Camp Erin, created and funded by The Moyer Foundation, is the largest nationwide network of free bereavement camps for children and teens ages 6-17 who have experienced the death of someone close to them. It is a weekend-long experience filled with traditional, fun camp activities combined with grief education and emotional support and facilitated by grief professionals and trained volunteers. Children have an opportunity to address their feelings and memorialize their loved ones. They are provided with the tools and resources needed during and after camp, including memories and friendships that last long after camp is complete. St. Louis Camp at (314) 965-5015 or Kansas City Camp (816) 363-2600 https://www.moyerfoundation.org/programs/CampErin_About.aspx Snowball Express provides an expense-paid trip to Dallas, TX each year to allow kids (and a guardian) to spend time with other kids who also have a military parent who died while on active duty. 12-16 Dec 2013. Call (214) 665-9567 for info. Register NOW! http://www.snowballexpress.org/home
October 19, 2013 Rolla Arts and Crafts Festival, 9 a.m.- 4 p.m. 600 Pine Street, Rolla, MO As autumn splendor arrives in Rolla, so do the talents of area craft vendors. For this day-long event, the downtown streets are lined with more than 75 food and craft booths. Join us for a day of food, fun and shopping.
Financial Information for Survivors . . .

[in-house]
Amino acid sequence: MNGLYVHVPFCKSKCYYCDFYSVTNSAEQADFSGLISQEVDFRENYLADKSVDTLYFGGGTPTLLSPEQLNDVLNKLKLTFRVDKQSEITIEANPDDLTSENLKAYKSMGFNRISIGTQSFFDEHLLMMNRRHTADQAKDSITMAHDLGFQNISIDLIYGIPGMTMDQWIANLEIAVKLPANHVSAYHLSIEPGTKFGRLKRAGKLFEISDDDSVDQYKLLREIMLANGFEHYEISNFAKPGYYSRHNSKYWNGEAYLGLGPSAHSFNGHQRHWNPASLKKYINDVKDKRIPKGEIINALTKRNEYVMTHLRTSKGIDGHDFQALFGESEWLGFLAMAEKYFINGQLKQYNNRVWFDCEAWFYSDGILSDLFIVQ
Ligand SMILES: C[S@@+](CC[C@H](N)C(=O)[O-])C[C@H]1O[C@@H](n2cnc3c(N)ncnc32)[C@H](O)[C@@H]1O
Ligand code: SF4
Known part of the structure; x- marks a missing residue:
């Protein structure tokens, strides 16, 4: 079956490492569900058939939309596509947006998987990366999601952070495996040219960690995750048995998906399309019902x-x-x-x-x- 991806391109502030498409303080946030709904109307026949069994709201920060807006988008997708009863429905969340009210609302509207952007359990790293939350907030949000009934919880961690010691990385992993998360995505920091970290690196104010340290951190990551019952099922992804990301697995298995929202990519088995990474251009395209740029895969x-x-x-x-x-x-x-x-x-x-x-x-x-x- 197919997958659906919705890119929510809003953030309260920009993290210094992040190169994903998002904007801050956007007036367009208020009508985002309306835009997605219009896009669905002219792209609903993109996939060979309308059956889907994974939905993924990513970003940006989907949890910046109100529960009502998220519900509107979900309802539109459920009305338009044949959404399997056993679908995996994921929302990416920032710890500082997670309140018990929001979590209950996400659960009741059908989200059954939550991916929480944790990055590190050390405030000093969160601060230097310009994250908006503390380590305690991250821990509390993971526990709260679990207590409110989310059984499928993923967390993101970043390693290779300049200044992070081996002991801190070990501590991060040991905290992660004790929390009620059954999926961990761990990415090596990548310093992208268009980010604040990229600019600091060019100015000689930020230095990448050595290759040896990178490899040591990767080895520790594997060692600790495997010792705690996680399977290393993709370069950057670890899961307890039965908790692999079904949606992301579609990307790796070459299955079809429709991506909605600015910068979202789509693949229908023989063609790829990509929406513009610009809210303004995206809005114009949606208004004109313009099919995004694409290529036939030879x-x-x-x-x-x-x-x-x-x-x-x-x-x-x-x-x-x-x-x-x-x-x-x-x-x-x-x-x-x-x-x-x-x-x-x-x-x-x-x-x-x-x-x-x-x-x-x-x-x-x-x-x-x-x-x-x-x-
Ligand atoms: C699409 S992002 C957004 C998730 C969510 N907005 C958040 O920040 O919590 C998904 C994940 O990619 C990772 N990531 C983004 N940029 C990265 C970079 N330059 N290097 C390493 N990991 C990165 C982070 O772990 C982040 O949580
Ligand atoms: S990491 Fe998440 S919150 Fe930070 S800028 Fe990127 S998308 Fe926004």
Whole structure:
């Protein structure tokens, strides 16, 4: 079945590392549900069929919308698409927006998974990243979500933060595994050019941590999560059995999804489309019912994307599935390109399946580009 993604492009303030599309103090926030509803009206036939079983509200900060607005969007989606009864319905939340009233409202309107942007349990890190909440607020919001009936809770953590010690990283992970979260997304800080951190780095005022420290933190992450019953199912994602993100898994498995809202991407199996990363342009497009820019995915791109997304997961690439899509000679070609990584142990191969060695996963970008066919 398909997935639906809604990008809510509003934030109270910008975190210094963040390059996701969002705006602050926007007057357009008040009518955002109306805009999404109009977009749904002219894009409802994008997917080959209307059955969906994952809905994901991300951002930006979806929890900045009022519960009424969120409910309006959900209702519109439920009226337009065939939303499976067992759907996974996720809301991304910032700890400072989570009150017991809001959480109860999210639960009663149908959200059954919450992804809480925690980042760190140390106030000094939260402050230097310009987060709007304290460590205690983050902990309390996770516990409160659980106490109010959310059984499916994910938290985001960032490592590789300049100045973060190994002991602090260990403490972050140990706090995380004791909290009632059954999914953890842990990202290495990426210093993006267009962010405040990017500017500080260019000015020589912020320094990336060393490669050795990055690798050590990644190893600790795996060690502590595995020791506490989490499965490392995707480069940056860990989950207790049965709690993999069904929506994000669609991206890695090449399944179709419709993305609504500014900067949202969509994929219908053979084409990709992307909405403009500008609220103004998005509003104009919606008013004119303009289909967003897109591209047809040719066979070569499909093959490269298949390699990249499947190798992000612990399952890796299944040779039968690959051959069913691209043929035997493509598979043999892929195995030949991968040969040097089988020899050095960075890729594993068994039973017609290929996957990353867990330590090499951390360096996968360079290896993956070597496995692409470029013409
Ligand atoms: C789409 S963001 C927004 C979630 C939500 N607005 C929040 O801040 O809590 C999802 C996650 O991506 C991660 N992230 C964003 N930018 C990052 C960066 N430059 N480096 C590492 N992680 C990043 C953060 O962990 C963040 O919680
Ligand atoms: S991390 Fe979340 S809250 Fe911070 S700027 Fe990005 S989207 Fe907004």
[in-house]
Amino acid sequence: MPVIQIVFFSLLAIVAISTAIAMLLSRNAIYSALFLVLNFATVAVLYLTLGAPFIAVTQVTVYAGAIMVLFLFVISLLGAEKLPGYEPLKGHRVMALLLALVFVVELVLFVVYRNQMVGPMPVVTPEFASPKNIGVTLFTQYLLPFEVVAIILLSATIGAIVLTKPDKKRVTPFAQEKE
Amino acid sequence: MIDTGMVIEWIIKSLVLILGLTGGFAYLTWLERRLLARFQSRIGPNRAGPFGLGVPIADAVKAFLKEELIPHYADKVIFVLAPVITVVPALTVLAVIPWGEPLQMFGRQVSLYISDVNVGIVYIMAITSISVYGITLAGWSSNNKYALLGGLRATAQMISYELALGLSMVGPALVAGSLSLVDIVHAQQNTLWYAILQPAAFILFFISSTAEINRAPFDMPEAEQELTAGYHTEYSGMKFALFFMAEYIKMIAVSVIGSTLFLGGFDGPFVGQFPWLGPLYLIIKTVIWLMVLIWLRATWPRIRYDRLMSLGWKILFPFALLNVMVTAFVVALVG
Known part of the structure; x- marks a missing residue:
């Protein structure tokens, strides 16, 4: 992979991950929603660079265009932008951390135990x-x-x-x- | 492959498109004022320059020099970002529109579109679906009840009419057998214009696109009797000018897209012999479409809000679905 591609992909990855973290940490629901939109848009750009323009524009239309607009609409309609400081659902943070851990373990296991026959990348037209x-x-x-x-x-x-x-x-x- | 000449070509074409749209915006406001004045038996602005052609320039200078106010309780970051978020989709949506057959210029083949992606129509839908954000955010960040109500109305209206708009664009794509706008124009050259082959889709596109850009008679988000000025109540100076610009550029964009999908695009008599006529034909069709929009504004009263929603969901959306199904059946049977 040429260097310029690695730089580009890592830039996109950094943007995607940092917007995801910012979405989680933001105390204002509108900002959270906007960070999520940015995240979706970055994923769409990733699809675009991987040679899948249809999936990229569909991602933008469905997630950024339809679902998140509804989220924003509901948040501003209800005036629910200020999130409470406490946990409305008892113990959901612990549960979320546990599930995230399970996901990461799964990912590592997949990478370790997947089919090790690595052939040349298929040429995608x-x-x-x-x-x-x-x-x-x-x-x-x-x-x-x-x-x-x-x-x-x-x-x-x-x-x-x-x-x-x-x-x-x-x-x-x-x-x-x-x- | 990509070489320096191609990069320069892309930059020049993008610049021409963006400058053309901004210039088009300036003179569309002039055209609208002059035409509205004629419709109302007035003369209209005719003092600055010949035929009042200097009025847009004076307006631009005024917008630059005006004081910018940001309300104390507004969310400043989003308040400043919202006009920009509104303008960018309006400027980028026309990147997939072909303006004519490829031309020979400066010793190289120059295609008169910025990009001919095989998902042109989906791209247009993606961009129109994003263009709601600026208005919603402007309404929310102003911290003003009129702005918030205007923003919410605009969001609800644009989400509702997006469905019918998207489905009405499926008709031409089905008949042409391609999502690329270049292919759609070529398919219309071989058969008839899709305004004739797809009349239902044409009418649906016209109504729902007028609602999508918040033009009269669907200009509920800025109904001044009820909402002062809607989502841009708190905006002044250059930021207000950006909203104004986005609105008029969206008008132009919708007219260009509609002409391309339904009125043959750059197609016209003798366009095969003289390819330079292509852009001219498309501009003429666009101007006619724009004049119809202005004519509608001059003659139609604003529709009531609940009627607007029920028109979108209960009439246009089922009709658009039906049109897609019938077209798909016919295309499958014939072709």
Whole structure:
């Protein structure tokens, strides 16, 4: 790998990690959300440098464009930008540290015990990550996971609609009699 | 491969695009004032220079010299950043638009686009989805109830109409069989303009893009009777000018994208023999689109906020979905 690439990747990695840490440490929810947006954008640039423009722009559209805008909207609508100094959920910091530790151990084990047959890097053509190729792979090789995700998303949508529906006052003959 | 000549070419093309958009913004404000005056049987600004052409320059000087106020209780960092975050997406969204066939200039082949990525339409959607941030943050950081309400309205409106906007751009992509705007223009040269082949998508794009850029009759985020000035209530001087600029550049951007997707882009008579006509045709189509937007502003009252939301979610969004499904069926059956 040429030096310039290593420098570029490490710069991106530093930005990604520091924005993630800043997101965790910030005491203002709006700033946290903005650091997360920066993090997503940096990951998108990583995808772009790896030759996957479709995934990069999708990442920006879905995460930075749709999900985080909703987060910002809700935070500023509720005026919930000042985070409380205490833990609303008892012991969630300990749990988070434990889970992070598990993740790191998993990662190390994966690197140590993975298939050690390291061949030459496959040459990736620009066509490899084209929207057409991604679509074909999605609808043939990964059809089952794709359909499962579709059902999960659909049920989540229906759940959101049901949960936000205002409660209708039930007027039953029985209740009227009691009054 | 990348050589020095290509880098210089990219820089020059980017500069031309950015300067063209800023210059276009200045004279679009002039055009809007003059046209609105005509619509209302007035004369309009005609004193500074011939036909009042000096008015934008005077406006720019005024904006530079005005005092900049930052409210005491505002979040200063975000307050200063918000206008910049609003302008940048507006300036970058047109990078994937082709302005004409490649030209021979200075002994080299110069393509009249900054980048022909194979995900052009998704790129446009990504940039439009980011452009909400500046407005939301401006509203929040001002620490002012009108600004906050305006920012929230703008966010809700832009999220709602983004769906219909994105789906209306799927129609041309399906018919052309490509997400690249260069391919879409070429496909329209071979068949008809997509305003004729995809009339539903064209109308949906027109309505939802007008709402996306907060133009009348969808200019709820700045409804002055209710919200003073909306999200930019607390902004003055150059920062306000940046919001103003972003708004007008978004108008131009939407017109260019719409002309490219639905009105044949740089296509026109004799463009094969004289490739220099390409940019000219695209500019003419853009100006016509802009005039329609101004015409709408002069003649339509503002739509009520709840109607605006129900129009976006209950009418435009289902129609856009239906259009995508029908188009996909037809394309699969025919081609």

Things You Can Do To Avoid Fraud Scam artists use clever schemes to defraud millions of people across the globe each year, threatening financial security and generating substantial profits for criminal organizations and common crooks. They use phone, email, postal mail, and the Internet to cross geographic boundaries and trick victims into sending money or giving out personal information. While con artists can be clever, many can be foiled by knowledgeable — and equally canny — consumers. Here are 10 things you can do to stop a scam. Don’t respond to messages that ask for your personal or financial information, whether the message comes as an email, a phone call, a text message, or an ad. Don’t click on links in the message, or call phone numbers that are left on your answering machine, either. The crooks behind these messages are trying to trick you into giving up your personal information. If you get a message and are concerned about your account status, call the number on your credit or debit card — or your statement — and check it out. Read your bills and monthly statements regularly — on paper and online. Scammers steal account information and then run up charges or commit crimes in your name. Dishonest merchants sometimes bill you for monthly “membership fees” and other goods or services you didn’t authorize. If you see charges you don’t recognize or didn’t okay, contact your bank, card issuer, or other creditor immediately. In the wake of a natural disaster or another crisis, give to established charities rather than one that seems to have sprung up overnight. Pop-up charities probably don’t have the infrastructure to get help to the affected areas or people, and they could be collecting the money to finance illegal activity. Check http:// www.consumer.ftc.gov/features/feature-0011-charity-scams to learn more. Talk to your doctor before buying health products or signing up for medical treatments. Ask about research that supports a product’s claims — and possible risks or side effects. Buy prescription drugs only from licensed U.S. pharmacies. Otherwise, you could end up with products that are fake, expired or mislabeled — in short, products that could be dangerous. Visit ftc.gov/health for more information. One bonus tip: http://www.onguardonline.gov/ to learn how to avoid internet fraud, secure your computer and protect your personal information. To File a Complaint: Law enforcement agencies work together to stop scammers and provide consumers with the information they need to avoid fraud. If you believe you have been scammed, file a complaint with the Federal Trade Commission at ftc.gov, or call 1-877-FTC-HELP (1-877-382-4357); TTY: 1-866-653-4621.